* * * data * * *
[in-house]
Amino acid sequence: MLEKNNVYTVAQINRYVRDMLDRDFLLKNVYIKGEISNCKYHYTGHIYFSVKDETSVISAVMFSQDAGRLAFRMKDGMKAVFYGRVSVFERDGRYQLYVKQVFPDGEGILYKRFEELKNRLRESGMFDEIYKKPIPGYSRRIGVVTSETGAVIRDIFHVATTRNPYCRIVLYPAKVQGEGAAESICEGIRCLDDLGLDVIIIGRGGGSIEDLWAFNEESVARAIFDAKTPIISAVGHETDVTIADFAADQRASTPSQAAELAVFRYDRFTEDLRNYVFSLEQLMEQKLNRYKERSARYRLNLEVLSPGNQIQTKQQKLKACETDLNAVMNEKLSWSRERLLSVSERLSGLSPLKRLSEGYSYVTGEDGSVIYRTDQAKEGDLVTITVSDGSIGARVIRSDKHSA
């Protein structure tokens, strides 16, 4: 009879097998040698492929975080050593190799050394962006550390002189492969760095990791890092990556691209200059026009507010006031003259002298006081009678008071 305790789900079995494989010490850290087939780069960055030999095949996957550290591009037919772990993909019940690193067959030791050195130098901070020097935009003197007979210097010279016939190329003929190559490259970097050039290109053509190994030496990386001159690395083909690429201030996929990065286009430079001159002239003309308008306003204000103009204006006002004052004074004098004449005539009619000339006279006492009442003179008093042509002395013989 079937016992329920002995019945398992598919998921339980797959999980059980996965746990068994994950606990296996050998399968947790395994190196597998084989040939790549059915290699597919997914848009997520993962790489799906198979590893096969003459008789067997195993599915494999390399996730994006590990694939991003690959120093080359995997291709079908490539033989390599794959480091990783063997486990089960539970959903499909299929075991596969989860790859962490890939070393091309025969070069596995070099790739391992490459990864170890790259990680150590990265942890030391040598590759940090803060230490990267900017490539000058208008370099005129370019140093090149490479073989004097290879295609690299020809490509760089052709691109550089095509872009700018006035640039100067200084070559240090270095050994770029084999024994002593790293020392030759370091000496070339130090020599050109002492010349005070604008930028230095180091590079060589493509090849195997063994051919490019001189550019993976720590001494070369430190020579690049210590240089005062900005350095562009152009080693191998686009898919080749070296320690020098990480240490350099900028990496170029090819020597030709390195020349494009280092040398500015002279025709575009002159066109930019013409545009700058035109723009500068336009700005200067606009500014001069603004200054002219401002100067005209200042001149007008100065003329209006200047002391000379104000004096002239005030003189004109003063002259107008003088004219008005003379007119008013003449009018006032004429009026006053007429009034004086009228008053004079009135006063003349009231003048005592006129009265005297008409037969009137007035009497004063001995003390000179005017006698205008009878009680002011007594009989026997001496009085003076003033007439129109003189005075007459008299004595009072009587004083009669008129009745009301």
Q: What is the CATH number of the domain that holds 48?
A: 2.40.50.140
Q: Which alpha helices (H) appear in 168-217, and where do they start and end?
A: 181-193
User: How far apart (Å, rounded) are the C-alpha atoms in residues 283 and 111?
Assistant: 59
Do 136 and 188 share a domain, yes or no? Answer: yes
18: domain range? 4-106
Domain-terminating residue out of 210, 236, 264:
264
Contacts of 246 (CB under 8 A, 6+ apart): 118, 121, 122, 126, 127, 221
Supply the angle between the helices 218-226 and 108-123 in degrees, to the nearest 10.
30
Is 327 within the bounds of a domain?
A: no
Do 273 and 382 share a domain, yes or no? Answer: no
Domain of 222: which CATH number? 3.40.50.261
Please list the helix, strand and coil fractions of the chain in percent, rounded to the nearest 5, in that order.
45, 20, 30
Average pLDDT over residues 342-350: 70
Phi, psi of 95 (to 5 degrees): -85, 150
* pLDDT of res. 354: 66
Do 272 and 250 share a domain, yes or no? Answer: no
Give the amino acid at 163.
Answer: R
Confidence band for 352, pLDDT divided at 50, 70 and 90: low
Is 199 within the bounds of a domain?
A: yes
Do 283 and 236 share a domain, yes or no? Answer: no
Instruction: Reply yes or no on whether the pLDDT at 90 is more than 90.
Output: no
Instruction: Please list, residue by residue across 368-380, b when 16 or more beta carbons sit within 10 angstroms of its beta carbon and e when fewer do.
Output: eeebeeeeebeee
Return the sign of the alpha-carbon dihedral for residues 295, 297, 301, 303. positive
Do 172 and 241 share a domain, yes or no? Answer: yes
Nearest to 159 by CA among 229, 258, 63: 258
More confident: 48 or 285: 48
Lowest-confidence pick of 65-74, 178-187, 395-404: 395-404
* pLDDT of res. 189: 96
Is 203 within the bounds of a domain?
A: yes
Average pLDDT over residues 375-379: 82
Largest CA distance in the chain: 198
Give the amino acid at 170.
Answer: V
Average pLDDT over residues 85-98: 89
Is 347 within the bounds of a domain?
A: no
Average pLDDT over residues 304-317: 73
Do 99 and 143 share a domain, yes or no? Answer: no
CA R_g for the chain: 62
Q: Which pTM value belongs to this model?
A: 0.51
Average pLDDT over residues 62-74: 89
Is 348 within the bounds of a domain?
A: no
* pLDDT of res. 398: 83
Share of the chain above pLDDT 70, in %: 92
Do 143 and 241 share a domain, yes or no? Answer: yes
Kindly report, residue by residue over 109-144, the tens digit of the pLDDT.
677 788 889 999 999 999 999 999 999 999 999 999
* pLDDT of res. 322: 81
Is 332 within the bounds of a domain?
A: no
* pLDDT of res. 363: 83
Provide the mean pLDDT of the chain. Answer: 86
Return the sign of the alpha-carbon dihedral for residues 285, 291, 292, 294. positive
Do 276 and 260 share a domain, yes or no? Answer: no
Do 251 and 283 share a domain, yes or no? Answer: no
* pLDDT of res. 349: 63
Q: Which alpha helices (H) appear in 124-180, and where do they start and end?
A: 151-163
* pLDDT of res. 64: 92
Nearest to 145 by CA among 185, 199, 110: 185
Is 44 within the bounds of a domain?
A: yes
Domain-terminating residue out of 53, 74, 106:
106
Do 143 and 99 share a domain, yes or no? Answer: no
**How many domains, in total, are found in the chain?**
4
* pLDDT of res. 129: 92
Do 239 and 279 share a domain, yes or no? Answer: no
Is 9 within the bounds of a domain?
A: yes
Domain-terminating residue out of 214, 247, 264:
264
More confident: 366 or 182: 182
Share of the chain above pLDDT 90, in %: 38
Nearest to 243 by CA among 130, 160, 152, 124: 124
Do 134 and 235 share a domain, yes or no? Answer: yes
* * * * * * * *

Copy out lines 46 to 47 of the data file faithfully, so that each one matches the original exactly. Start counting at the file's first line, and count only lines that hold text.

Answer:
Largest CA distance in the chain: 198
Give the amino acid at 170.